Archive for June, 2016

THE SOLOIST by Steve Lopez

June 14th, 2016

the soloistSteve Lopez is a columnist for the Los Angeles Times.  He sees Nathaniel Ayers playing his heart out on a two-string violin on Los Angeles’ Skid Row, and finds it impossible to walk away.  What Lopez begins to unearth about the mysterious street musician leaves an indelible impression.  Thirty years earlier, had been a charming, ambitious and promising classical bass student at Julliard until he gradually lost his ability to function, overcome by a mental breakdown.

Steve Lopez puts a face on mental illness and in doing so shows us how friendship can alter the lives of both the disenfranchised and those who reach out to them.  The Soloist is a poignant reminder that no life is insignificant.  An utterly compelling tale.


FORGOTTEN: The Untold Story of D-Day’s Black Heroes, At Home & At War by Linda Hervieux& dozens

June 8th, 2016

forgottenDrawing on newly uncovered military records and dozens of original interviews with surviving members of the 320th Barrage Balloon Battalion and their families, “Forgotten” tells the tale of these heroic men whose contributions to one of the most extraordinary missions in modern history have been overlooked.

This is a book about African Americans who were in the invasion of Europe on D-Day.  This is a book about how they lived and were treated  before the war, during and after the war.

In England and other parts of Europe, these soldiers discovered freedoms they had not known in a homeland that treated them as second-class citizens, and they would carry these experiences back to America, to fuel the budding civil rights movement.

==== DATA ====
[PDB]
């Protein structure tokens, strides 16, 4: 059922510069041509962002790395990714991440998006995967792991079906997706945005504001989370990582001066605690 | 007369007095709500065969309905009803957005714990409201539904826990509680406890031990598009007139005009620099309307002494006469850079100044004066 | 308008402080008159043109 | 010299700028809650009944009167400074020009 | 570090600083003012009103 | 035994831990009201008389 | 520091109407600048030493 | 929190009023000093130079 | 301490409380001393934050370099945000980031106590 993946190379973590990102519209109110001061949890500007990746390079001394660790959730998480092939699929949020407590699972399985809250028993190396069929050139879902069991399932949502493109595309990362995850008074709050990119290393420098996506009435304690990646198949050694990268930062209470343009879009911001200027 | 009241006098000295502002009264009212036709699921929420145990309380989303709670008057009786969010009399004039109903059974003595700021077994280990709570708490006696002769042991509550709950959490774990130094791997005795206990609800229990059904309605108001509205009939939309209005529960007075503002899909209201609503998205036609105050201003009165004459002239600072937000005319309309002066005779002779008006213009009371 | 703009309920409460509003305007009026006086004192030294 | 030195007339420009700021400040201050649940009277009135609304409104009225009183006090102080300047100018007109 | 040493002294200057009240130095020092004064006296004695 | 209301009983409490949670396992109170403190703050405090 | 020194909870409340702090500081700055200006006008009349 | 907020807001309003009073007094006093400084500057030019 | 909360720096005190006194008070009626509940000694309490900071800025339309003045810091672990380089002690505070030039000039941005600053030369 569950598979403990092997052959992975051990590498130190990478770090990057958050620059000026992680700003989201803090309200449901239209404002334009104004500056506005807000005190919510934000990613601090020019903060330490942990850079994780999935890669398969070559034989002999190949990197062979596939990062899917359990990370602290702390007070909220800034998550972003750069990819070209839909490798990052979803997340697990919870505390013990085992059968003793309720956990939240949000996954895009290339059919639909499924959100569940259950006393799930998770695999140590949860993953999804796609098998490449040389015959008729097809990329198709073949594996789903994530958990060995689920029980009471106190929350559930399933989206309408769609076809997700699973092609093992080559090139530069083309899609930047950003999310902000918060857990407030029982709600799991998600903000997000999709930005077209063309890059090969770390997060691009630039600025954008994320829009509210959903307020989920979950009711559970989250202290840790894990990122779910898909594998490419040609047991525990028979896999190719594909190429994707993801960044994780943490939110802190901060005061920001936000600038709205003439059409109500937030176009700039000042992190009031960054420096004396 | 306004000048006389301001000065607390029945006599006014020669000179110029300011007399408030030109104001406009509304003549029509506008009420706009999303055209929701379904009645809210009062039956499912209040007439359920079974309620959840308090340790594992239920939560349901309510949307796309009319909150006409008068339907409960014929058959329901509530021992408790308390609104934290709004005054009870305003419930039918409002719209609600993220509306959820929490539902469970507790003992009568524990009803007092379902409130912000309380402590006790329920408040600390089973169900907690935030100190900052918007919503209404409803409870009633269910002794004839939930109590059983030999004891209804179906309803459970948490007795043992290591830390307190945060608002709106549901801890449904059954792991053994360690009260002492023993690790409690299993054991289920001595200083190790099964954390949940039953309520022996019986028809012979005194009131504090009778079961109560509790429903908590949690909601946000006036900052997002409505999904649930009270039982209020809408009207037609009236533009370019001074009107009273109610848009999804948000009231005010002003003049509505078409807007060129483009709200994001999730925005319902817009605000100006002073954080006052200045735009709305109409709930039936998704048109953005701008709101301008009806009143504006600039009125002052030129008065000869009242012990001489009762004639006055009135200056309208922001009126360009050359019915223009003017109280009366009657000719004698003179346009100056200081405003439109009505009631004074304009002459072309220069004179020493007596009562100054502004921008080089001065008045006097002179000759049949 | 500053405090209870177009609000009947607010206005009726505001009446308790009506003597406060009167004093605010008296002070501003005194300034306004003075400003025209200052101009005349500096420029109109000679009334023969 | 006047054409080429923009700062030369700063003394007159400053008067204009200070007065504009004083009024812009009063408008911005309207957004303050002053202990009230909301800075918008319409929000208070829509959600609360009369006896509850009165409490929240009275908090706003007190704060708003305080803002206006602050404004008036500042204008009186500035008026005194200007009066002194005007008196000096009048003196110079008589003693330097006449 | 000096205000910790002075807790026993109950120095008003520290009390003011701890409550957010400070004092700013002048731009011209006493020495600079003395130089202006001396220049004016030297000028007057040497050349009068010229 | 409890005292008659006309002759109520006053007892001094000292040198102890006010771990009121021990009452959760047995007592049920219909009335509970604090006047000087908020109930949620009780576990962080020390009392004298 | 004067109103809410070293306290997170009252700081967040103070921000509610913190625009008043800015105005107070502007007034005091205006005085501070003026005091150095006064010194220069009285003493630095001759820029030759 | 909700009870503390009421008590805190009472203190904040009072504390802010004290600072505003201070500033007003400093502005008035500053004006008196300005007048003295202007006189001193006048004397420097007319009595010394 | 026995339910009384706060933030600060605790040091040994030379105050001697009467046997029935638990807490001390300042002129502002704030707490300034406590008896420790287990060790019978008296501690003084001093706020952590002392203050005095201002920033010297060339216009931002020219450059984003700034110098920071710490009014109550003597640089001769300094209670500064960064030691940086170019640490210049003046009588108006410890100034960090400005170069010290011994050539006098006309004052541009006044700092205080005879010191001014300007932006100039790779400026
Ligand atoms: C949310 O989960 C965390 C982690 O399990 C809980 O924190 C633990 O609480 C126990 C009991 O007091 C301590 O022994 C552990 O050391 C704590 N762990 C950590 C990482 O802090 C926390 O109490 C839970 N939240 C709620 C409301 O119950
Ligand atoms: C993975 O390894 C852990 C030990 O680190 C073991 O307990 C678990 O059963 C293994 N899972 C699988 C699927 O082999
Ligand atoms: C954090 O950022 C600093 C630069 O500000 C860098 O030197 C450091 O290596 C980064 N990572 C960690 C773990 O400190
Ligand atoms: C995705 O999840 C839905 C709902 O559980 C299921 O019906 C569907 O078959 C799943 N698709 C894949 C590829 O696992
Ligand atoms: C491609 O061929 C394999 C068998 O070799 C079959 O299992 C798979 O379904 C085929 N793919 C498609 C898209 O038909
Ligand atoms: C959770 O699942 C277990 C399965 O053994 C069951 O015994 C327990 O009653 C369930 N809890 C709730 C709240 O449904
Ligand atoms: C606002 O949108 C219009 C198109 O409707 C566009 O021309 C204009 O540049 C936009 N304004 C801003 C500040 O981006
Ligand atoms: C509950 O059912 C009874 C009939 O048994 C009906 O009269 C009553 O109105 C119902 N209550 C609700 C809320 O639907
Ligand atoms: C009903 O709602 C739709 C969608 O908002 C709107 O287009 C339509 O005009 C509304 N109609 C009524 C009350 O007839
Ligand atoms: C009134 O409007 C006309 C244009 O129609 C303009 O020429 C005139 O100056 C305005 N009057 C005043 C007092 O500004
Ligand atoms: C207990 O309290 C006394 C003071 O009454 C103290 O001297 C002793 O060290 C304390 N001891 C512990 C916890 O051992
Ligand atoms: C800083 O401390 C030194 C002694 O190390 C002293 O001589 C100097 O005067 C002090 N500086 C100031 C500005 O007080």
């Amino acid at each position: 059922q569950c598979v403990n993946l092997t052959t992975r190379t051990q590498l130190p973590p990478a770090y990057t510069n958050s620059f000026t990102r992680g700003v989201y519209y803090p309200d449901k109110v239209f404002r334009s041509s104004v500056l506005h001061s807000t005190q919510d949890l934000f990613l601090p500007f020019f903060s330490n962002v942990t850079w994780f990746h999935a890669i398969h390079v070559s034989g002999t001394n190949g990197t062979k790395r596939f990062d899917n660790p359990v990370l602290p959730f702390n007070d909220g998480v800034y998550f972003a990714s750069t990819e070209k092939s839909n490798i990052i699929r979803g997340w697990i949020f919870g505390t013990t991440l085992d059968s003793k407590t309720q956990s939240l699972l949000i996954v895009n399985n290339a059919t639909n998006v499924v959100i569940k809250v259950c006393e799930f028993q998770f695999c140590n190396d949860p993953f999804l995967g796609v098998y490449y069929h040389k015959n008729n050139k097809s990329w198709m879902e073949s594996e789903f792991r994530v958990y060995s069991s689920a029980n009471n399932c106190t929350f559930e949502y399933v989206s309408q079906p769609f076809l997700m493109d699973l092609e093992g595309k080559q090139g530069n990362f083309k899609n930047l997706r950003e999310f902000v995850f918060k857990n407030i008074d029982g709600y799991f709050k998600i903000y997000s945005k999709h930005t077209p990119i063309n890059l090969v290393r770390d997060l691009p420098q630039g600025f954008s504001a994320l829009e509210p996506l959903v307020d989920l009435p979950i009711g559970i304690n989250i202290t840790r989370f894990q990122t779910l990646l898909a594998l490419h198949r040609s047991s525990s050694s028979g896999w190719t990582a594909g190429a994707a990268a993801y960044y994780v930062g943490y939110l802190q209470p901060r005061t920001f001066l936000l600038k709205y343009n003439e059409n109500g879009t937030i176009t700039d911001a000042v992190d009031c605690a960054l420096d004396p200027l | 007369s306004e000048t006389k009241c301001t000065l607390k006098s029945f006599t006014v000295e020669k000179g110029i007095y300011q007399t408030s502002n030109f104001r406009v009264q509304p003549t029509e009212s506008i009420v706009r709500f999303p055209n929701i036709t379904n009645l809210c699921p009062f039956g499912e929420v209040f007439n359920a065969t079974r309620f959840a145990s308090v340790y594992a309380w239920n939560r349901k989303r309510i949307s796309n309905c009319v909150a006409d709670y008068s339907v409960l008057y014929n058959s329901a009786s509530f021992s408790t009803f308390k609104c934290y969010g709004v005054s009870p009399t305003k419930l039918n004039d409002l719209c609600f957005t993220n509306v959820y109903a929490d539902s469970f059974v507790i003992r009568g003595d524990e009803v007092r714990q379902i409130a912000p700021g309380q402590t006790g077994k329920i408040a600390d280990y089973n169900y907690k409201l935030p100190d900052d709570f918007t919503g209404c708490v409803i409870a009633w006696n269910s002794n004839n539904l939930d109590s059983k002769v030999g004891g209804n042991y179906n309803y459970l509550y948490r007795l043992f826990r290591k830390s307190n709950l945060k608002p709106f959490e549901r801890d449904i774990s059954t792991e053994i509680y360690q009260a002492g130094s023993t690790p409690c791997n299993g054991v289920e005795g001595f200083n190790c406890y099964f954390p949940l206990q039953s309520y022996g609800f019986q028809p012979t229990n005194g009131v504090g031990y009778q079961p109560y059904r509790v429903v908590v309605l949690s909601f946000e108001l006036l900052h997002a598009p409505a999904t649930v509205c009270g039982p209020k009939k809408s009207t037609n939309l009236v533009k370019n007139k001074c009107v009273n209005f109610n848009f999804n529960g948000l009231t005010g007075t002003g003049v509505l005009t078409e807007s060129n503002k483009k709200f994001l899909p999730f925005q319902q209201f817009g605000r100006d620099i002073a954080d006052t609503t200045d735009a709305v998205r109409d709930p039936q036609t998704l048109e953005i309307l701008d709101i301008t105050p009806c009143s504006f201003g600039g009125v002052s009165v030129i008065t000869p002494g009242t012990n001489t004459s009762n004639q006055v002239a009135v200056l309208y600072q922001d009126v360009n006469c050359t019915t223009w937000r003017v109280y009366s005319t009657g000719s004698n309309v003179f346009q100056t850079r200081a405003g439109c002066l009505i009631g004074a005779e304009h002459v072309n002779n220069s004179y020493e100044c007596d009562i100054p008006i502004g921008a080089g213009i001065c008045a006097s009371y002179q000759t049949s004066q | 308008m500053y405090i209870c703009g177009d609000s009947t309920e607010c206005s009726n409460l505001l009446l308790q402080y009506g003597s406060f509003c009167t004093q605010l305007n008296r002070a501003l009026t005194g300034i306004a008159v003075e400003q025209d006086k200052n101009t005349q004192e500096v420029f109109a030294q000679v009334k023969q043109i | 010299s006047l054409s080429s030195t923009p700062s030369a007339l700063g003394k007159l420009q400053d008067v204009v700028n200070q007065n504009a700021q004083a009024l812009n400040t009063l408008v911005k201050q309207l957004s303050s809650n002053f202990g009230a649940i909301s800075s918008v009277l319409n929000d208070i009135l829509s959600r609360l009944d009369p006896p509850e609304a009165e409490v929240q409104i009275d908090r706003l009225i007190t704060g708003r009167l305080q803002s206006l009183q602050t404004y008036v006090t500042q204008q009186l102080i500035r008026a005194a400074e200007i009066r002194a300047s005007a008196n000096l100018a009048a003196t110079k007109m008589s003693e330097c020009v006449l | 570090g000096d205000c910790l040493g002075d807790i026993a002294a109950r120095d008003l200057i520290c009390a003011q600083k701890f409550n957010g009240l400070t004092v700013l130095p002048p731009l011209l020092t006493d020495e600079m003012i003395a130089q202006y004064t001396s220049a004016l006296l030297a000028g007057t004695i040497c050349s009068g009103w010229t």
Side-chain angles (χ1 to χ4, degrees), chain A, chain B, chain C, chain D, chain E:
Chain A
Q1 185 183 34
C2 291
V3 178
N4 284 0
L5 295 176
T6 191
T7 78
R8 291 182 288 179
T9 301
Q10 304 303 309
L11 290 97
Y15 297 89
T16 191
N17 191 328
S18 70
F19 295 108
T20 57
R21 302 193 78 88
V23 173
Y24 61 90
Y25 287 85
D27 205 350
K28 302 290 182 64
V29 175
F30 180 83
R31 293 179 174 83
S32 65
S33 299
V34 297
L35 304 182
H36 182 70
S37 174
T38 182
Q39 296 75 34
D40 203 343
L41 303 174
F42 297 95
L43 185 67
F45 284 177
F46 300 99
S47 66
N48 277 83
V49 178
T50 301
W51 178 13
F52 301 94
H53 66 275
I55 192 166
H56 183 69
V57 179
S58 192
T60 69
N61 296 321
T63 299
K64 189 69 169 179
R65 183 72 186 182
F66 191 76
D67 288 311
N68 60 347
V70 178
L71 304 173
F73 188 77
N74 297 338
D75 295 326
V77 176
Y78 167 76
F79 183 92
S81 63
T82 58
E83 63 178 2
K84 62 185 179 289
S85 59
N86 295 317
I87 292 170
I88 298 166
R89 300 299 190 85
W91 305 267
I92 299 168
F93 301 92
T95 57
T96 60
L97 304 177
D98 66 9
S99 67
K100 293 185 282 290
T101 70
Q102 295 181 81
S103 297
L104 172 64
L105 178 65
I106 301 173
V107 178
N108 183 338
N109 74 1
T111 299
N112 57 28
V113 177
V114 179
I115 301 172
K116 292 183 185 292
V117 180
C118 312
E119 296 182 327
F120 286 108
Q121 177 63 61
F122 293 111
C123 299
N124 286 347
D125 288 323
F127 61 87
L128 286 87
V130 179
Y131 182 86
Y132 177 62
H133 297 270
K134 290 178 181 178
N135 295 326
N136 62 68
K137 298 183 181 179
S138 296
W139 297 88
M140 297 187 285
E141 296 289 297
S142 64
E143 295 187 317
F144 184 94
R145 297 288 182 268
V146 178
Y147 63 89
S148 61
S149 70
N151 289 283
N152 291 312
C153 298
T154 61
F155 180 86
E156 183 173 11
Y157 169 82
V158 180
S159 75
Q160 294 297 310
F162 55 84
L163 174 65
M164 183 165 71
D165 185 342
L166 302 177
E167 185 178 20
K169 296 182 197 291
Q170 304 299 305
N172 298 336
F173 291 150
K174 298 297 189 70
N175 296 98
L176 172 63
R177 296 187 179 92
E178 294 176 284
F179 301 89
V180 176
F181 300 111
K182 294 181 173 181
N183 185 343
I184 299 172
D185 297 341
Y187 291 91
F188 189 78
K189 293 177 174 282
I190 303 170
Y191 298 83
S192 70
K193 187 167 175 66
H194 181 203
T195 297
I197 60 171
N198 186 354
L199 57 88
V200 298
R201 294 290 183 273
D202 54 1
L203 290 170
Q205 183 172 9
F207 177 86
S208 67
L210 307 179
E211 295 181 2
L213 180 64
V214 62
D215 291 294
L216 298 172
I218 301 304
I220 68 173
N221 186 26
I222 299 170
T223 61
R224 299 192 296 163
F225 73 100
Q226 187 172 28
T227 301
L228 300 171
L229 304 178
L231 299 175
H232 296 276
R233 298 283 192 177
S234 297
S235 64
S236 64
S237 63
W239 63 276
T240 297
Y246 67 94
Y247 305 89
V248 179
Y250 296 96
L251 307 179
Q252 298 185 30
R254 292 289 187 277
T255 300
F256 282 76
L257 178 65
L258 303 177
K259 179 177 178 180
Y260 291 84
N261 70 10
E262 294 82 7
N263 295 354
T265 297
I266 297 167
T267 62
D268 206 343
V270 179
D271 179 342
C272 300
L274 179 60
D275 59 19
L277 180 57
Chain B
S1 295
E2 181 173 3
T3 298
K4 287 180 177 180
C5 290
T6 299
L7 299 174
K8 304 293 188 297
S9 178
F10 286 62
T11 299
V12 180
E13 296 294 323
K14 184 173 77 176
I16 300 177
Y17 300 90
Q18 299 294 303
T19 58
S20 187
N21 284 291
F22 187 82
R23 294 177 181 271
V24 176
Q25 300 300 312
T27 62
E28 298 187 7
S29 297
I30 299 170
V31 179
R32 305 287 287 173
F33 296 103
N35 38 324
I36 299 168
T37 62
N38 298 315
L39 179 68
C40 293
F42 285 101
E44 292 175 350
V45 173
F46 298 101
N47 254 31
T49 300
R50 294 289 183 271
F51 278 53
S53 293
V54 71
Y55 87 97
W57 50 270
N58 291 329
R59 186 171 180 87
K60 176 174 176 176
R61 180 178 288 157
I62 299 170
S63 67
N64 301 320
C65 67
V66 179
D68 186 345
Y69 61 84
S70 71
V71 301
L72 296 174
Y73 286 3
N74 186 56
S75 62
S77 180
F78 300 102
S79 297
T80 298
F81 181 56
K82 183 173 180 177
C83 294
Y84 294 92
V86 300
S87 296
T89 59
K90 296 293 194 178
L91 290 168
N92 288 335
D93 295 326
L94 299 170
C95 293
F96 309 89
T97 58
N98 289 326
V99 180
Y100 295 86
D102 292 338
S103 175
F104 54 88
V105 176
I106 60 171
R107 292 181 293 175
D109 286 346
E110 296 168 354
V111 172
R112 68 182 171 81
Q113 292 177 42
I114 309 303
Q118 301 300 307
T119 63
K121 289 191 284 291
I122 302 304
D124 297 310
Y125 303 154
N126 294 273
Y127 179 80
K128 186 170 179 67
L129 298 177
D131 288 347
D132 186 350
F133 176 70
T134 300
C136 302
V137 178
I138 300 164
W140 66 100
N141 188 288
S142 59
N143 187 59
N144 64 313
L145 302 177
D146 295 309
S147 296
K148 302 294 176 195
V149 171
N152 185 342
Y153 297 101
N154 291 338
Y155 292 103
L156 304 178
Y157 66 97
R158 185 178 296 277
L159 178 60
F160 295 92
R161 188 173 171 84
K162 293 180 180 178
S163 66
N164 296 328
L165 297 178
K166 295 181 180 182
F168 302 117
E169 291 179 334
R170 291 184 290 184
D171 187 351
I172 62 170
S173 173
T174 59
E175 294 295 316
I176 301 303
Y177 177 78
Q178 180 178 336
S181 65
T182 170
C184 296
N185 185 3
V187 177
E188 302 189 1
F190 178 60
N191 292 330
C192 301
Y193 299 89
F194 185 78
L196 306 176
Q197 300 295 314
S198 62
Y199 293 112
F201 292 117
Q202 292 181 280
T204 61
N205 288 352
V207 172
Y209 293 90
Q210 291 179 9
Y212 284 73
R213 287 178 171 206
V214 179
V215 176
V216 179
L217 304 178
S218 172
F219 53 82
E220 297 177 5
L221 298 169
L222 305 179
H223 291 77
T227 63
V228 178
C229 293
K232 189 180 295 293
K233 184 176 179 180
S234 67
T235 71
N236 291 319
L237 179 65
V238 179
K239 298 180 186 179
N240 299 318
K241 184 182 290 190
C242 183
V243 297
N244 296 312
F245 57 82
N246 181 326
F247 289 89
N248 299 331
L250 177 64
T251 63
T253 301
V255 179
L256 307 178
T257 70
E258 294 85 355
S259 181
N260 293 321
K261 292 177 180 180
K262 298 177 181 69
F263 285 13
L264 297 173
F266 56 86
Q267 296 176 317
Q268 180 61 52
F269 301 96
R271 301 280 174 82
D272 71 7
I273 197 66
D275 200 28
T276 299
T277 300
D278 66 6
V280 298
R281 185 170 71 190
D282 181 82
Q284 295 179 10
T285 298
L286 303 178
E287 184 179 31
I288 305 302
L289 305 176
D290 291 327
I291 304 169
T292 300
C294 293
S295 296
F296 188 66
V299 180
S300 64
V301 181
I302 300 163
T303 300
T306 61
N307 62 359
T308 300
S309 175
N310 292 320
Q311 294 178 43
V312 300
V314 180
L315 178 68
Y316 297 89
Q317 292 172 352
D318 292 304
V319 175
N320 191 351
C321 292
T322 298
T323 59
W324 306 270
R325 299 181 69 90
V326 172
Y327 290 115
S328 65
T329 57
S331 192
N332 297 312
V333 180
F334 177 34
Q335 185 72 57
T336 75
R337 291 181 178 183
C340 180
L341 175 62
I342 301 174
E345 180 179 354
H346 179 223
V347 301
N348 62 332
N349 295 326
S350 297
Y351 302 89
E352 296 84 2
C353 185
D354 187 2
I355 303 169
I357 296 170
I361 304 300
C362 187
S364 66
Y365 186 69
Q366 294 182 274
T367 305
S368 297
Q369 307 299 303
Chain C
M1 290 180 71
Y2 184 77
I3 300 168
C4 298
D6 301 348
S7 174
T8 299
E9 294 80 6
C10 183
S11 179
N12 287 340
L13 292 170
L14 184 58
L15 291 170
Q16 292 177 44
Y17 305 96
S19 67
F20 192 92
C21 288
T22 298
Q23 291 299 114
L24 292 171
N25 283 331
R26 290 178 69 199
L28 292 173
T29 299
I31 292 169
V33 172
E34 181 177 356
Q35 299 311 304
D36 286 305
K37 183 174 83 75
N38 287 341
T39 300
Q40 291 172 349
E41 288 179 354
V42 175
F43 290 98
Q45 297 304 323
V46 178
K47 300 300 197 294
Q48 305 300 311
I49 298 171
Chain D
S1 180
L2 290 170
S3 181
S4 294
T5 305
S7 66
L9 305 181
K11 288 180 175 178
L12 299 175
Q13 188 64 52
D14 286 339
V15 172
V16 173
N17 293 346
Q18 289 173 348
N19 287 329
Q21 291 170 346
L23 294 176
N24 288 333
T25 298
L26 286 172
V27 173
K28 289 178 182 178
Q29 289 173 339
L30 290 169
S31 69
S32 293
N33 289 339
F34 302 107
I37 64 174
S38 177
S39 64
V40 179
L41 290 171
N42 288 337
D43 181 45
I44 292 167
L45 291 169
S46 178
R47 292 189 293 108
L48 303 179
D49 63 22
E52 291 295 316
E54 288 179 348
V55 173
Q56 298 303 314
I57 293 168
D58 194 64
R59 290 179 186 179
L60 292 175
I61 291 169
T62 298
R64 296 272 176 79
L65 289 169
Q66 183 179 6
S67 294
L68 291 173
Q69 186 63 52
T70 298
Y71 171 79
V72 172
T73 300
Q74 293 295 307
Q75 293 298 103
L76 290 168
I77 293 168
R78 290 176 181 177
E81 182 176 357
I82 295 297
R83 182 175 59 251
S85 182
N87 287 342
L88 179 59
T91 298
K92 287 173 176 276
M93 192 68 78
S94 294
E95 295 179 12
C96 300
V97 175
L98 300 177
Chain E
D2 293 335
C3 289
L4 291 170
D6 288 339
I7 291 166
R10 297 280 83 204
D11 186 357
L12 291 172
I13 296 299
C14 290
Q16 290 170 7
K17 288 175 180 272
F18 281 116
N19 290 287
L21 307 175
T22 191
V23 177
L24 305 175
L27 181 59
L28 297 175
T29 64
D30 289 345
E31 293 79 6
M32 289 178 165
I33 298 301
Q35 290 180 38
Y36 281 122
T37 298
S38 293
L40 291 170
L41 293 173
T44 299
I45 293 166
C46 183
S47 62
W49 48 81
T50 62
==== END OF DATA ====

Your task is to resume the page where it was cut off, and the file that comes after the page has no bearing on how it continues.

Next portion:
“Forgotten” is an eye-opener for anyone.  Really.


$2.00 a DAY: LIVING ON ALMOST NOTHING IN AMERICA by Katherine J Edin with H.Luke Shaefer

June 4th, 2016

$2.00 a dayThis book has earned many great reviews and I would have to agree.  After two decades of brilliant research on American poverty, Kathryn Edin noticed something she hadn’t seen since the mid 1990s—households surviving on virtually no income.

This is not an easy read, but it is a pertinent read.  We have seen in the news and on social media the issues questioning minimum wage, and though the main ‘news’ on foreclosures was a few years ago, it is still affecting people today. Edin teamed with H.Luke Shaefer, an expert on calculating incomes of the poor, to discover that the number of American families living on $2.00 per person, per day, has skyrocketed to 1.5 million American households, including about 3 million children.

In our lifetime, the issue of welfare has come up on different political platforms; both former presidents Reagan and Clinton felt this was an issue that had to be addressed.  The changes that were made did not have the hoped-for results.

This book is truly powerful.  I would recommend this book to anyone interested in how poverty is influencing many and various aspects of our society.

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